How Law Firms Can React to a Shift Toward Voice Searches
The way people find products and services online is changing. Rather than typing a few words in a search screen box, people ask questions of their voice assistants and other apps. Voice search began with questions about the weather and directions. Now people ask Apple’s Siri, Amazon’s Alexa, Microsoft’s Cortona and Google Assistant about anything,…
BY Virginia Mayo STAFF CONTRIBUTOR
The way people find products and services online is changing. Rather than typing a few words in a search screen box, people ask questions of their voice assistants and other apps. Voice search began with questions about the weather and directions. Now people ask Apple's Siri, Amazon's Alexa, Microsoft's Cortona and Google Assistant about anything, including legal issues and services. Voice search if going to become more prevalent as Amazon Echo or Google Home devices are finding their way into more homes.
To stay competitive, law firms must adapt their marketing and branding efforts in response to the way people are searching for information and answers.
In 2016, ComScore projected that 50 percent of all searches would be voice searches by 2020. That statistic drew the attention of marketers. In 2019, eMarketer estimated that 111.8 million people in the United States will use a voice assistant at least once a month in 2019. This amounts to 39.4 percent of U.S. internet users and 33.8 percent of the overall population. eMarketer predicts that by 2021, the number of voice assistant users in the United States will grow to 122.7 million, representing 42.2 percent of internet users and 36.6 percent of the population.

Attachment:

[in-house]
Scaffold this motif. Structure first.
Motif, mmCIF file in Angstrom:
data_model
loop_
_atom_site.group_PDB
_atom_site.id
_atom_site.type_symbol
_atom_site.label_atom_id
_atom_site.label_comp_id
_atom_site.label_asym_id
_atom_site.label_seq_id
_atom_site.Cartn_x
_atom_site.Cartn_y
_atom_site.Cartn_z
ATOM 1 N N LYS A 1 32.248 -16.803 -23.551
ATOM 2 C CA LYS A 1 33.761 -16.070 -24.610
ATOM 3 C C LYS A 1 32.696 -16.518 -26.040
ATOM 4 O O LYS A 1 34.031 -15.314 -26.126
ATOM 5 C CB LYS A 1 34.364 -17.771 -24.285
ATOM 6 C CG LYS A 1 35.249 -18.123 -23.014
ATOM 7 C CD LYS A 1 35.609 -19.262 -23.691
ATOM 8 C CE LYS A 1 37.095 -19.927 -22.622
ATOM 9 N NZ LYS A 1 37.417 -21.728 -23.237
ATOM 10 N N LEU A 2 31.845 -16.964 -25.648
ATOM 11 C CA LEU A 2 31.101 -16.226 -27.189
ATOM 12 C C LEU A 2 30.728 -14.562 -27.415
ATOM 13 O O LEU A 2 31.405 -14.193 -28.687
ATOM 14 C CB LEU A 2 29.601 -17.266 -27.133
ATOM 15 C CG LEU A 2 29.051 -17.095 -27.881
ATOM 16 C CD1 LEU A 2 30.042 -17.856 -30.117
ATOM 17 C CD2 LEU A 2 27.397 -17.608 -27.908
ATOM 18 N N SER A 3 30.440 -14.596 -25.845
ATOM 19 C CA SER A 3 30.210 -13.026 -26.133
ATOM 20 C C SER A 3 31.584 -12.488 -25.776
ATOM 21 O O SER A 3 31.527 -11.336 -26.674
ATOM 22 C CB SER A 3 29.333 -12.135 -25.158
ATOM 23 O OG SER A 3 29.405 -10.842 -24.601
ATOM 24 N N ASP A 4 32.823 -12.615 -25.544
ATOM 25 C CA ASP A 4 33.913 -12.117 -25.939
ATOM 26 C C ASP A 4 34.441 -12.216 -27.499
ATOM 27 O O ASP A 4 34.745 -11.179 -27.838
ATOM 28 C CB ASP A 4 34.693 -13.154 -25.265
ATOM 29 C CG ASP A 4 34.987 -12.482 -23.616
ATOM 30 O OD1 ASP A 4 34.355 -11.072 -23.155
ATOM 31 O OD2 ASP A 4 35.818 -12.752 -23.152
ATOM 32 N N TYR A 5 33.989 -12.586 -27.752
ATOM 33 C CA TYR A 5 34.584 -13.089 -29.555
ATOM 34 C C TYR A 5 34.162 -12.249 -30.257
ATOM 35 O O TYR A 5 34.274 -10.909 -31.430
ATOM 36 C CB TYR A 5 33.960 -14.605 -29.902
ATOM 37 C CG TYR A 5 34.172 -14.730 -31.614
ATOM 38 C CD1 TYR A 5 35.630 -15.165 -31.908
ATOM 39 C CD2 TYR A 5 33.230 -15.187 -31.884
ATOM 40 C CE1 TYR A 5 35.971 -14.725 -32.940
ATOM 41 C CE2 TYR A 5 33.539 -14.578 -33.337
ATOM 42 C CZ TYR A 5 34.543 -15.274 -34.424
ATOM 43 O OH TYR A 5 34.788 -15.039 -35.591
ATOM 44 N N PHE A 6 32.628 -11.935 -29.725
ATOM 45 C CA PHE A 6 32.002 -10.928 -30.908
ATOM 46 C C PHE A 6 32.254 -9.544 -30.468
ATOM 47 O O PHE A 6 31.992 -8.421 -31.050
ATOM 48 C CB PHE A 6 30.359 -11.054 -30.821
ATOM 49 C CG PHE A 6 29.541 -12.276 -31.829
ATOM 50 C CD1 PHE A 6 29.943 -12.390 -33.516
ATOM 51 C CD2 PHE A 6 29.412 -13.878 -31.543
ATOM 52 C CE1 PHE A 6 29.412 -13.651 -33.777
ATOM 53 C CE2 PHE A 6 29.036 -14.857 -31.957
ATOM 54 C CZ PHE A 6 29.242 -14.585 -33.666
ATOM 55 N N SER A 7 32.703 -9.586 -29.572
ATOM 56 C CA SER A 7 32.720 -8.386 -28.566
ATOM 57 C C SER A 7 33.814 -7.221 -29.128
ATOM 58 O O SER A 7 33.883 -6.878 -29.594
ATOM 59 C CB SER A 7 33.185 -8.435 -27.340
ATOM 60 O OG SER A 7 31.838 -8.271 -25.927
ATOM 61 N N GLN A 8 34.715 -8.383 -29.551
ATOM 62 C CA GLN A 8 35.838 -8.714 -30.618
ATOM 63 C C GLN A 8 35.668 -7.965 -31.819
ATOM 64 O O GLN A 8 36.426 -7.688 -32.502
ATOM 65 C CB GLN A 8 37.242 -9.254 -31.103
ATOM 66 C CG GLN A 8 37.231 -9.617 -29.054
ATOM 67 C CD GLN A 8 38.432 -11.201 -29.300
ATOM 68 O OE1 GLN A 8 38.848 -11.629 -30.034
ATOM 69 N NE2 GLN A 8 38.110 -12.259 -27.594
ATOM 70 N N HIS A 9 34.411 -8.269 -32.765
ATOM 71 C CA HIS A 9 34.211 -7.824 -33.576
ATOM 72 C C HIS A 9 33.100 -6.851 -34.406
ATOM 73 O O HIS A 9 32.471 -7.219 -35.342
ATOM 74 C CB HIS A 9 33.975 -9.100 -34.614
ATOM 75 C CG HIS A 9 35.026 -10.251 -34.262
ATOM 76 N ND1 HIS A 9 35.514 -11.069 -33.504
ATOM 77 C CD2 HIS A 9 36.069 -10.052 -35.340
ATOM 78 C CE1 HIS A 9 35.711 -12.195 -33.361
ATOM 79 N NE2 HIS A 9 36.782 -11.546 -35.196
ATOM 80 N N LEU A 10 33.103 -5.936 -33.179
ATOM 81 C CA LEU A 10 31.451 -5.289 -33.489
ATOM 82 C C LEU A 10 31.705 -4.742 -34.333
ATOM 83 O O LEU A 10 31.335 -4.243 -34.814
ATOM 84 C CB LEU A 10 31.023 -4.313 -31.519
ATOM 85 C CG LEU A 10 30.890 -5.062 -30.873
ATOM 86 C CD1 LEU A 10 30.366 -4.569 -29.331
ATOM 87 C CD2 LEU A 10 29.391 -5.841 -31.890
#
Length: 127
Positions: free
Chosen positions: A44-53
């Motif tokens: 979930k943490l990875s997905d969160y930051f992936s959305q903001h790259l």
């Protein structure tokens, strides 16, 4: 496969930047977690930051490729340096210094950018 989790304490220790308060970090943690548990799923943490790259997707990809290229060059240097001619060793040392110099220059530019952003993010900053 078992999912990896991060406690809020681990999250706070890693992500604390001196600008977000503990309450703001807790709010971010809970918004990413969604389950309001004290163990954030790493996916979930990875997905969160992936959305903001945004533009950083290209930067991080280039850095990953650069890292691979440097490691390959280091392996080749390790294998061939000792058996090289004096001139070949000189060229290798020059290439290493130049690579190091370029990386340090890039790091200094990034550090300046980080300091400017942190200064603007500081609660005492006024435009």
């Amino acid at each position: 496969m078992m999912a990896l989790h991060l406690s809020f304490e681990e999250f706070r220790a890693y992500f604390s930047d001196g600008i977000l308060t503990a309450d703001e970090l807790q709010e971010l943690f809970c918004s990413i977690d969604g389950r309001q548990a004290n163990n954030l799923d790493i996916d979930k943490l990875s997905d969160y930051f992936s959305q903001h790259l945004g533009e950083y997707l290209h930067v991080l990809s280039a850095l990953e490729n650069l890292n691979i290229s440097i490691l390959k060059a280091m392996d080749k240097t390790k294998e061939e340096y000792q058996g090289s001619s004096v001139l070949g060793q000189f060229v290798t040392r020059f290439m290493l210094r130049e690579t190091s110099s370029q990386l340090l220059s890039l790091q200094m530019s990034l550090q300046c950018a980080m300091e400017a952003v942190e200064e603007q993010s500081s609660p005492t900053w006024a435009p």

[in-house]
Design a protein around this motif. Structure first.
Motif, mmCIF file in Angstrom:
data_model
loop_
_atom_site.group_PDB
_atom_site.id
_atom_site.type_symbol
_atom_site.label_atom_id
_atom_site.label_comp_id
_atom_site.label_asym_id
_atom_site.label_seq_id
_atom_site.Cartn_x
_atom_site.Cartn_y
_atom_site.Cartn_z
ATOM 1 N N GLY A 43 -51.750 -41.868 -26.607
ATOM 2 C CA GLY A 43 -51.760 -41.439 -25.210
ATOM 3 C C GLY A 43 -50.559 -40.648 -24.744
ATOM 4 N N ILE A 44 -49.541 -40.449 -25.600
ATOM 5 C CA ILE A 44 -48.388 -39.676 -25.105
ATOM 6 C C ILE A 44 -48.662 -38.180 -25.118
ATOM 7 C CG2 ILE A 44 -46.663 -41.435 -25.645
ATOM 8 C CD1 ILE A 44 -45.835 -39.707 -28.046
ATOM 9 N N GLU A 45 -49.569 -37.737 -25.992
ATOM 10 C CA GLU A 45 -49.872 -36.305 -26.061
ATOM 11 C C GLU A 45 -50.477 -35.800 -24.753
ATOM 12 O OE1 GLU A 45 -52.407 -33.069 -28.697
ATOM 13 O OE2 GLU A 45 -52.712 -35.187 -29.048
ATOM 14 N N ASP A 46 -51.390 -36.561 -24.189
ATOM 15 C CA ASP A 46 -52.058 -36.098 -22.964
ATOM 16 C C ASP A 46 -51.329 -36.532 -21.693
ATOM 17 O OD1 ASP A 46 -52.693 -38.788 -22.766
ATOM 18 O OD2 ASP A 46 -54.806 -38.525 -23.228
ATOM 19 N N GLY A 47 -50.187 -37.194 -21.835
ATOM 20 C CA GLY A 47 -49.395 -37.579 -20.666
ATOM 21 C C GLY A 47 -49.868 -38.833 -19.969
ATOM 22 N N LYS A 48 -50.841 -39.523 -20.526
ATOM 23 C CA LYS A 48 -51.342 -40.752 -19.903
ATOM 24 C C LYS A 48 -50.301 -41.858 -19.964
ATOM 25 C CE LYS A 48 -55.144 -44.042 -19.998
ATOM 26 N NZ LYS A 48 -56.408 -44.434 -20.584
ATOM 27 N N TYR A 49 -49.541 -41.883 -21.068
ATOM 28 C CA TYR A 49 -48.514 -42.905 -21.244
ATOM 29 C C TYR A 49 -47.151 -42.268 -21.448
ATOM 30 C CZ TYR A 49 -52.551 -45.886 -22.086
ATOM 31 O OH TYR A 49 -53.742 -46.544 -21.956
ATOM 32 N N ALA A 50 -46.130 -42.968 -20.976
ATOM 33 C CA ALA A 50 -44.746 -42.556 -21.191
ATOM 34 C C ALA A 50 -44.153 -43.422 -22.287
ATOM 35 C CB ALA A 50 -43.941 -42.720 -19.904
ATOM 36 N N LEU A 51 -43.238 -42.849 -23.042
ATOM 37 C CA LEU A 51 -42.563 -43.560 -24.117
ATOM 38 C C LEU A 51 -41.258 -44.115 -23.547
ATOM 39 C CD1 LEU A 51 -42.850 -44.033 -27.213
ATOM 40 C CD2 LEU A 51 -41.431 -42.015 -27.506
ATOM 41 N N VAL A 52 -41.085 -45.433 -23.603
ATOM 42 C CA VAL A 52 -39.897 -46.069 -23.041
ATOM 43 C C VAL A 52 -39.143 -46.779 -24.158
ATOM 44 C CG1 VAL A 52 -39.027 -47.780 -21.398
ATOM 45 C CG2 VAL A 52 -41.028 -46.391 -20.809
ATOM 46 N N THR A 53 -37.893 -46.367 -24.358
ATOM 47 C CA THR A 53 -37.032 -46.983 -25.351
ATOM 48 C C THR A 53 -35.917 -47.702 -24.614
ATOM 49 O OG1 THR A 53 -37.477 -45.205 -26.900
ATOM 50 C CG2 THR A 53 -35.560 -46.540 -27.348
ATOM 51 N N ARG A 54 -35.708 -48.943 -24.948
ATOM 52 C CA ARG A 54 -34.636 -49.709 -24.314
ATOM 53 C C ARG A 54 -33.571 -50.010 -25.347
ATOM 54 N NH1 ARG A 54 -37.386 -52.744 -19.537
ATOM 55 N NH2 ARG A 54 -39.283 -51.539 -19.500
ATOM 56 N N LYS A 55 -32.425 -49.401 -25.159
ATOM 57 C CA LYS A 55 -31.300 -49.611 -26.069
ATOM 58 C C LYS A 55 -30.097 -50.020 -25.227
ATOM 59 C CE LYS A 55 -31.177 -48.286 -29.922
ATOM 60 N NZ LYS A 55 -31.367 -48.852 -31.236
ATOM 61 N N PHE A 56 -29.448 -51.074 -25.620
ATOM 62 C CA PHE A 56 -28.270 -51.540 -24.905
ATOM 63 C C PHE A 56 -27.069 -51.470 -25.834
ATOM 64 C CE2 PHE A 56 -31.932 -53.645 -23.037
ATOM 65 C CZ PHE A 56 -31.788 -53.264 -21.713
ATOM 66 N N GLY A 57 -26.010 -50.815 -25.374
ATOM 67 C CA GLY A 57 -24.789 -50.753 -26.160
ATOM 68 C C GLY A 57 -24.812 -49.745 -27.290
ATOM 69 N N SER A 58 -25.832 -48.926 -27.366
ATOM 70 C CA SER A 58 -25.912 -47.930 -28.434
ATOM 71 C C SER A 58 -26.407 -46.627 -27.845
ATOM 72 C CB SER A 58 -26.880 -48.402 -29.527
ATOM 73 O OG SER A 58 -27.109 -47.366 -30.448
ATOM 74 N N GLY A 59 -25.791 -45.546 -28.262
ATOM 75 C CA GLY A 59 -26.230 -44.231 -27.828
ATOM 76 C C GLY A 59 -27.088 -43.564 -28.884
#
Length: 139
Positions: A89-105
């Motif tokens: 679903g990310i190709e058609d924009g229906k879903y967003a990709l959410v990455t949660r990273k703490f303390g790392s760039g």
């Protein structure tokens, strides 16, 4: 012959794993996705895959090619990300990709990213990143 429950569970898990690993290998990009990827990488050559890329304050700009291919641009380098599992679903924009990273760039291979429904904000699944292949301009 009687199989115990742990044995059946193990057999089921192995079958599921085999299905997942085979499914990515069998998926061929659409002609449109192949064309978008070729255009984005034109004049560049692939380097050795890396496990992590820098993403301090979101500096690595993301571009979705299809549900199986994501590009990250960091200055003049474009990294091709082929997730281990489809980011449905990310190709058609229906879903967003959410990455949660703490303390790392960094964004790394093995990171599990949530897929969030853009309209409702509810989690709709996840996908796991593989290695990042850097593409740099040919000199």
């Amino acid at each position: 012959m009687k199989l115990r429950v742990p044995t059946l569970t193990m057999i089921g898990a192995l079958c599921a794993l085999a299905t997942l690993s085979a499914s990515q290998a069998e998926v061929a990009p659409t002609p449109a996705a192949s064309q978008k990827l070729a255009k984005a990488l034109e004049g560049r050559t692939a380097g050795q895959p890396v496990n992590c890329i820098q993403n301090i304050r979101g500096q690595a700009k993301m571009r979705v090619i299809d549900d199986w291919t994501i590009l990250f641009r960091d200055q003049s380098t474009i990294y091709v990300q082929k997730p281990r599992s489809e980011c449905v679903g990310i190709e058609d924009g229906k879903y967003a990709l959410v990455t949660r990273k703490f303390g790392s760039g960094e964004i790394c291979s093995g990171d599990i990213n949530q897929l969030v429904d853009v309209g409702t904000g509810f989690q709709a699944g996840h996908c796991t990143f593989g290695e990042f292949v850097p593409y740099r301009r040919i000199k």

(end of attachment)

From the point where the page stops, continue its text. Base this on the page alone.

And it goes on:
Voice searches versus text searches
Voice searches differ from text searches, and a law firm should recognize the differences and alter its marketing and branding to adapt to the new trend. Voice searches are more conversational. People talk faster than they can type. So, it is easier to ask a question using a smartphone or speaker. Voice searches have long-tail keywords – three words or more – while text searches are only one or two words. Using longer keywords increases the chances a voice assistant will display a law firm's snippet in response to a voice search.
Voice searches are usually performed on mobile devices. They are often performed on-the-go or otherwise occupied. They are particularly useful when a searcher's hands are occupied.
Mobile voice searches are more likely than text searches to be location-based. Therefore, a law firm should make sure its website provides up-to-date information about its location when, for example, a firm opens an office in a new city.
Optimizing website content for voice search
A law firm should optimize its website content for voice searches:
- Natural speech: When someone undertakes a voice search, they speak in a conversational manner. Like they would talk with friends or family. A law firm should use that same natural language when providing answers on its website to questions it anticipates a potential client may ask.